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A magic square over $\mathbb{Z}$ is an n x n matrix whose entries are $\{1, \ldots, n^2\}$, with the sum of every row and column identical (in particular, my magic squares are all normal, but the sum of diagonal entries need not equal the sum of the rows/columns, which is necessarily $\frac{n(n^2+1)}{2}$). A magic square over $\mathbb{Z}_m$ is the same, except that $\{1, \ldots, n^2\}$ should be interpreted as a multiset of congruence classes modulo m.

Suppose I have an n x n magic square over $\mathbb{Z}_m$. Is there a simple way to tell if it is the image of a magic square over $\mathbb{Z}$ under the (element-wise) canonical projection map $a_{i,j} \mapsto a_{i,j}+m\mathbb{Z}$?

It's easy to come up with examples that are the image of a magic square. But not every one is. Two examples where this may fail are: $m=n=2$

$A= \left( \begin{array}{ccc} 1 & 0 \\ 0 & 1 \end{array} \right)$

and

$m=n=3$

$A= \left( \begin{array}{ccc} 1 & 2 & 0 \\ 1 & 2 & 0 \\ 1 & 2 & 0 \end{array} \right) $

Adding the identity to A in this case gives another counterexample of a slightly less trivial nature.

However, for $m=2$, $n=3$, every magic square over $\mathbb{Z}_2$ is the preimage of a magic square over $\mathbb{Z}$. This is extremely easy to see, since there are 5 ones and 4 zeros, so the matrix must be the image of the Lo Shu Square (up to permuting rows and columns).There are no magic squares with $m=3, n=2$. There are doable larger cases, but none of the ones I tried gave anything that seemed generic.

In general, what I would expect is that for m large compared to n, there won't be any additional ones; this is obvious if $m \ge n^3$ (better bounds are certainly possible). But for m small and n large, there might be more magic squares. And of course, if $m|n$ then cases like the 3x3 above will probably crop up.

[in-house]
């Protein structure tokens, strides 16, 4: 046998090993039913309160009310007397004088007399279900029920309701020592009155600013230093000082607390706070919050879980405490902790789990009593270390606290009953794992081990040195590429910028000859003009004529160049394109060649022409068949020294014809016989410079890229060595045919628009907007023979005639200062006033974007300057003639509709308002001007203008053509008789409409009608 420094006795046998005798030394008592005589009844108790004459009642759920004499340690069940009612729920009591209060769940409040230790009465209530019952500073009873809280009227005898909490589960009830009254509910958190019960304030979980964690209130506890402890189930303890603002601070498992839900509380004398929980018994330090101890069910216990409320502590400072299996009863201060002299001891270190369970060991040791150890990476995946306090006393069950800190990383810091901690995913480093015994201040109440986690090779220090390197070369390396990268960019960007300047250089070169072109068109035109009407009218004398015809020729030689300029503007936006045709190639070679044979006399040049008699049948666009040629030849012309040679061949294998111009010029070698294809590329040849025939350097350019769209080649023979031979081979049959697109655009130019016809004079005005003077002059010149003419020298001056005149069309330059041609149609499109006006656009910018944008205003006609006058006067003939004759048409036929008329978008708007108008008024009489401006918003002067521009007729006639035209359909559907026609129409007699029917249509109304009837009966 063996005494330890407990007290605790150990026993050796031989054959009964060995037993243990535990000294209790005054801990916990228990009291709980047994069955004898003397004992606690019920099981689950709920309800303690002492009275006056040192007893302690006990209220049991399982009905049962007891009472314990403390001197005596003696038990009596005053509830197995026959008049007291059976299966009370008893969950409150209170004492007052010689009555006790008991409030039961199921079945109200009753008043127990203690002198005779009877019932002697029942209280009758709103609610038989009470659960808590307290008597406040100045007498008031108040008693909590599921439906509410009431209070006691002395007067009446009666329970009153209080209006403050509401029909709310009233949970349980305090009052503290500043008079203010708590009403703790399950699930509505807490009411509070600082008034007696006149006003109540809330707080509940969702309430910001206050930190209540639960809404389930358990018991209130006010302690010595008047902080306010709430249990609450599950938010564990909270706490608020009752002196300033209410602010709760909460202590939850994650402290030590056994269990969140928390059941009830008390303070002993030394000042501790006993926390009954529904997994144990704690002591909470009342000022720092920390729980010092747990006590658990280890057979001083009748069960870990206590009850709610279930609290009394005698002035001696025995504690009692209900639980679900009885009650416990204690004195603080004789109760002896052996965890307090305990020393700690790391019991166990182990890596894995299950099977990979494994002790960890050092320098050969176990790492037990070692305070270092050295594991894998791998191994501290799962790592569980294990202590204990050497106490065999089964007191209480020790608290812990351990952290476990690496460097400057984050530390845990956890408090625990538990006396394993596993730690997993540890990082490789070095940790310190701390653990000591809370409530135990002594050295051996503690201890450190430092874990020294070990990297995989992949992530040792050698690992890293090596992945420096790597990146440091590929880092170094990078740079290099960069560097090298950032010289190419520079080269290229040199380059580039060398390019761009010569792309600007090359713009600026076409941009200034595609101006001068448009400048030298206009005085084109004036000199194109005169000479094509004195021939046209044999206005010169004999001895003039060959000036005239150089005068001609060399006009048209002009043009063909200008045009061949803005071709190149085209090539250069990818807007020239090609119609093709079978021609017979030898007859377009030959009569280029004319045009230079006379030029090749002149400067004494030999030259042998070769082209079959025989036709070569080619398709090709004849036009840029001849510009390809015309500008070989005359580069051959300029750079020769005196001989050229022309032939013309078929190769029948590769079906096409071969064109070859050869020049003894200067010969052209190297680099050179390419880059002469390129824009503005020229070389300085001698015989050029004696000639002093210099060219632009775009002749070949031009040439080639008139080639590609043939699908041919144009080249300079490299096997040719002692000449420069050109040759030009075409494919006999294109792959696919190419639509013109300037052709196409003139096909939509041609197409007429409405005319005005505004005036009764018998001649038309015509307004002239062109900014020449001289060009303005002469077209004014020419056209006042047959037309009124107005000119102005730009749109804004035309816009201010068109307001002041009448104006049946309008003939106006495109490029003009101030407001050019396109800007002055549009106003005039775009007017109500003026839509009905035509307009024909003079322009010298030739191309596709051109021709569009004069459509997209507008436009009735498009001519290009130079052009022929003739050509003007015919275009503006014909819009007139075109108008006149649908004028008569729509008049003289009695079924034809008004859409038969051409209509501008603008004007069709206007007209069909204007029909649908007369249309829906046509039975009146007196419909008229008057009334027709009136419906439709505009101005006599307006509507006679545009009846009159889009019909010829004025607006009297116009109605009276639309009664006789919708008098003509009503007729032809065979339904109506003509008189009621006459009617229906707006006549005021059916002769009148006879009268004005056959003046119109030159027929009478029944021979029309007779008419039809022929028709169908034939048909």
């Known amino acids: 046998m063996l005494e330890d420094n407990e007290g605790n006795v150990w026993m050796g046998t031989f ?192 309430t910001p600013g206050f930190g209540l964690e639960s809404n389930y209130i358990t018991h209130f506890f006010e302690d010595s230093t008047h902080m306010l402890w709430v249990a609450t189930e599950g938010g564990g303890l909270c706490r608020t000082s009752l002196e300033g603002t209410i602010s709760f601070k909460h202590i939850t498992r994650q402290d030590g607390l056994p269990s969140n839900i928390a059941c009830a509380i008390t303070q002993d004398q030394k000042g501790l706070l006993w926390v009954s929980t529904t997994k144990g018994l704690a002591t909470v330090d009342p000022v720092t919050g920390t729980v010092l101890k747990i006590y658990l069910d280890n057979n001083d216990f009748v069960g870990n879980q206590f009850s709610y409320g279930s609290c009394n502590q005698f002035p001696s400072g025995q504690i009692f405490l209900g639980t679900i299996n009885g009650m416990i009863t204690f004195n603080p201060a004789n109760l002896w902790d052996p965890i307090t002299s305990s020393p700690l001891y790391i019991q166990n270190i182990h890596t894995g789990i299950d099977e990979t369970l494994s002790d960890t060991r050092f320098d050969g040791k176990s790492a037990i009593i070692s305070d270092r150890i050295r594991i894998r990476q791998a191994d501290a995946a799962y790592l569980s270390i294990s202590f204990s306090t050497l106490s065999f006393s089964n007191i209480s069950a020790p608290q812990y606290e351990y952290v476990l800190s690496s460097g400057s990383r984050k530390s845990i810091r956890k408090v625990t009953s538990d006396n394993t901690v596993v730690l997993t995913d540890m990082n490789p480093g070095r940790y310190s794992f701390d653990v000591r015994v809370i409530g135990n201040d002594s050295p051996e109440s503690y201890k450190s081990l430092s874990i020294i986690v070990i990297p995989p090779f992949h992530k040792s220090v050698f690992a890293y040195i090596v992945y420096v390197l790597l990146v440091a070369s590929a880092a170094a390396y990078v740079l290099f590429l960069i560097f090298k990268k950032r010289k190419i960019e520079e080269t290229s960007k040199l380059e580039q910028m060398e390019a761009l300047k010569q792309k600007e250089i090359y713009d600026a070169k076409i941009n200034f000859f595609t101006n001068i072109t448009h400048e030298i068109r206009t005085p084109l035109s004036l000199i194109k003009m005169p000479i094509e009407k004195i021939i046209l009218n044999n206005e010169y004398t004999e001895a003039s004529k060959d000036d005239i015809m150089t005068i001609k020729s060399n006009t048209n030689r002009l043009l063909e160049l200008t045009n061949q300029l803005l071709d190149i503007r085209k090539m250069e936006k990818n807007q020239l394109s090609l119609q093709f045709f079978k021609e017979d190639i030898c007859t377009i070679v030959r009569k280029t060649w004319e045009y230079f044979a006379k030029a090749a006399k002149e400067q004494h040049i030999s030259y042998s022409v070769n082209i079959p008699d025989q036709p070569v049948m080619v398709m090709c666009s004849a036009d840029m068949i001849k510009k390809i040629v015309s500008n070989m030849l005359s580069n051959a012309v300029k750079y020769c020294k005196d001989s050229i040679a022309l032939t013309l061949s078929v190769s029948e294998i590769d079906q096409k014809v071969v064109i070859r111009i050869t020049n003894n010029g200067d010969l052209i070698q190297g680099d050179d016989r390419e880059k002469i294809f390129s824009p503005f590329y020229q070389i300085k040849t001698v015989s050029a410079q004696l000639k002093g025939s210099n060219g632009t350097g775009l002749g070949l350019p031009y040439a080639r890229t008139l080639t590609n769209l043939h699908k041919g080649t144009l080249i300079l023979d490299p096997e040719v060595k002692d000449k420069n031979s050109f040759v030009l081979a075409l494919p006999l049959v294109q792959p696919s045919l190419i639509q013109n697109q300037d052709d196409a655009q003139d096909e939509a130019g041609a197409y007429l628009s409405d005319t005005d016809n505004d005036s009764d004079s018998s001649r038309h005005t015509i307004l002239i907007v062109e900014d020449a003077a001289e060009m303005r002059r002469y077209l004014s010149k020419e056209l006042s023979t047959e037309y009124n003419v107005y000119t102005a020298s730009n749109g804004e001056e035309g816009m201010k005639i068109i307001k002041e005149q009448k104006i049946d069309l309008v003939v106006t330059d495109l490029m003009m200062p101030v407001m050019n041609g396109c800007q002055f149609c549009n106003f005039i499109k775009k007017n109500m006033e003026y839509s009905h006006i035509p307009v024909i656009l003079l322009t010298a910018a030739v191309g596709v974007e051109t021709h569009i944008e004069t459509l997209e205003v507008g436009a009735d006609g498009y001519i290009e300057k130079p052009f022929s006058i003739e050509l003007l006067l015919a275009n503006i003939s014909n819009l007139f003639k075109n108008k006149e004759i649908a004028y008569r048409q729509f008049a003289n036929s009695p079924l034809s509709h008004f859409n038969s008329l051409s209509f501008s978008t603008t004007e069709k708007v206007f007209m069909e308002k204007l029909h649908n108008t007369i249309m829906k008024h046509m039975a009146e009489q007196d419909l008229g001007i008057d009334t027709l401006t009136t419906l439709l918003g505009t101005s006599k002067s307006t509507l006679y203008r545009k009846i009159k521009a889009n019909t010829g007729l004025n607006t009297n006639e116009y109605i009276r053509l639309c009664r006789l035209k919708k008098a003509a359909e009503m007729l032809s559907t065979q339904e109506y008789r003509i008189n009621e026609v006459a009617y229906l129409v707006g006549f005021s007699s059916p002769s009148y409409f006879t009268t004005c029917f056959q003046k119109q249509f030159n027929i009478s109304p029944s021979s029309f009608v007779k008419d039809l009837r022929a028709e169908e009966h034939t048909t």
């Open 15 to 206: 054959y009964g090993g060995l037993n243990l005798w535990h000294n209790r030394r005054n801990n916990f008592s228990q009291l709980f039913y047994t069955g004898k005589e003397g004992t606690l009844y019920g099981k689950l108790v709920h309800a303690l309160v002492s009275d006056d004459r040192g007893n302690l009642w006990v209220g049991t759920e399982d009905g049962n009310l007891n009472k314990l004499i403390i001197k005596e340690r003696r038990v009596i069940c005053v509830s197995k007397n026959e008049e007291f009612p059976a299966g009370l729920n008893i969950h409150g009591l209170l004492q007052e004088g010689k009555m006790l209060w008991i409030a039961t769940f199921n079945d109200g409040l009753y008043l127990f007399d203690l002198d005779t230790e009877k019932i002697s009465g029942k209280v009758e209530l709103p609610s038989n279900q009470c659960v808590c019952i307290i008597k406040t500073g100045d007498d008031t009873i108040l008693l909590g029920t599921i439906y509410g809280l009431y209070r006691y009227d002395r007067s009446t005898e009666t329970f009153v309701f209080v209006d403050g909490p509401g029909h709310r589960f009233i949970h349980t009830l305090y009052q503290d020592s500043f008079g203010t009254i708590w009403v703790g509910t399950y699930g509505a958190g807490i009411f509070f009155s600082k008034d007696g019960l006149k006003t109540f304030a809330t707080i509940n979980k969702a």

The question I'm more interested in than the sort of general results above, though, is for a particular magic square over $\mathbb{Z}_m$, what is a fast way to check if it is the image of a magic square over $\mathbb{Z}$ (if such a way exists at all).

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The last column in the second example should consist of $0$s instead of $3$s. –  joriki Apr 19 '12 at 22:40
    
3 was technically still correct, but after looking at it I prefer 0 also, so I've changed it. –  Logan Maingi Apr 19 '12 at 22:52
    
The conventional notation for the elements of $\mathbb Z_3$ is $0$, $1$, $2$. If you wanted to use the name $3$ instead, I think it would have to be introduced, and if you were thinking of $3$ as a representative rather than a name, it would have to be $[1]$, $[2]$, $[3]$ instead. –  joriki Apr 19 '12 at 22:57
    
The conventions I have usually seen are not so rigid, namely for any $n \in \mathbb{Z}$, n indicates the element $n+m\mathbb{Z}$ in $\mathbb{Z}_m$. This may only be standard in physics, I'm not sure. Of course this is abuse of notation, and $[n]$ is more correct. In any case, the first paragraph states that all of them should be interpreted as congruence classes, though perhaps this was not clearly stated to extend to later paragraphs. Still, whether or not 3 is incorrect, 0 is certainly correct. –  Logan Maingi Apr 19 '12 at 23:10

1 Answer 1

Write $A=mQ+R$, with the entries of $R$ in $[1,m]$ determined by the corresponding entry in the square over $\mathbb Z_m$ and $Q$ remaining to be determined. The values in $Q$ corresponding to a given value $r$ in $R$ must run from $0$ to $\lfloor(n-r)/m\rfloor$. The row and column sums of $R$ must have the required residue of $n(n^2+1)/2\bmod m$. Any multiples of $m$ in the row and column sums of $R$ yield contributions to the required row and column sums of $Q$, so $Q$ must be a modified magic square in which the row and column sums are almost the same but modified by the corresponding sums of $R$.

A quick check that's easy to perform manually and could be easily performed programmatically using backtracking is to check whether the parities of $Q$ can work out.

In your first example, $Q$ would have to contain two $0$s and two $1$s, and its row and column sums would all have to be $1$; thus the $1$s would have to be in different rows and columns, which is incompatible with $R$.

In your second example, the row sums of $Q$ would have to be $3$, $3$, $3$ and the columns sums $4$, $3$, $2$, respectively. The corresponding parities are $1$, $1$, $1$ and $0$, $1$, $0$ respectively. Again this is incompatible with $R$, which would require us to put exactly one value with parity $1$ into each column of $Q$.

Your third example, with the identity added to the second one, which you call a counterexample of a slightly less trivial nature, is, for the purposes of checking for a corresponding magic square over $\mathbb Z$, actually of a more trivial nature, since the row and column sums in this case have the wrong residue modulo $m$, so they can't possibly correspond to the required row and column sums in $\mathbb Z$.

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